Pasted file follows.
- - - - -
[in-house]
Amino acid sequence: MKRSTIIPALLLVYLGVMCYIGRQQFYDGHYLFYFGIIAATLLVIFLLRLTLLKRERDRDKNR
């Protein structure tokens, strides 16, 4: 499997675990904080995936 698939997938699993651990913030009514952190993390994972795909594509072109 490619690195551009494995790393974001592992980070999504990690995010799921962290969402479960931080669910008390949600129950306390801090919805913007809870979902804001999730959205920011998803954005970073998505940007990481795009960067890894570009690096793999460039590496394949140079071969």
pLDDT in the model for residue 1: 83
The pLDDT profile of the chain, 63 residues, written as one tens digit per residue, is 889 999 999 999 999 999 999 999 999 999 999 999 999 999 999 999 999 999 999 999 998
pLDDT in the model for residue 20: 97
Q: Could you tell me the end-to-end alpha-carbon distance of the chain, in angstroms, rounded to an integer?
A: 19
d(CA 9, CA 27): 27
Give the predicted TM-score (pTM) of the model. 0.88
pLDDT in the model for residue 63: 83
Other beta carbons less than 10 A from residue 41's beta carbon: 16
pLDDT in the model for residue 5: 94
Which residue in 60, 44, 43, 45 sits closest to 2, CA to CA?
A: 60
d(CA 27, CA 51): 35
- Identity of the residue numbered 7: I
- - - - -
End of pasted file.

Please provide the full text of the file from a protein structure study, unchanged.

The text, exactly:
[in-house]
Amino acid sequence: MKRSTIIPALLLVYLGVMCYIGRQQFYDGHYLFYFGIIAATLLVIFLLRLTLLKRERDRDKNR
């Protein structure tokens, strides 16, 4: 499997675990904080995936 698939997938699993651990913030009514952190993390994972795909594509072109 490619690195551009494995790393974001592992980070999504990690995010799921962290969402479960931080669910008390949600129950306390801090919805913007809870979902804001999730959205920011998803954005970073998505940007990481795009960067890894570009690096793999460039590496394949140079071969």
pLDDT in the model for residue 1: 83
The pLDDT profile of the chain, 63 residues, written as one tens digit per residue, is 889 999 999 999 999 999 999 999 999 999 999 999 999 999 999 999 999 999 999 999 998
pLDDT in the model for residue 20: 97
Q: Could you tell me the end-to-end alpha-carbon distance of the chain, in angstroms, rounded to an integer?
A: 19
d(CA 9, CA 27): 27
Give the predicted TM-score (pTM) of the model. 0.88
pLDDT in the model for residue 63: 83
Other beta carbons less than 10 A from residue 41's beta carbon: 16
pLDDT in the model for residue 5: 94
Which residue in 60, 44, 43, 45 sits closest to 2, CA to CA?
A: 60
d(CA 27, CA 51): 35
- Identity of the residue numbered 7: I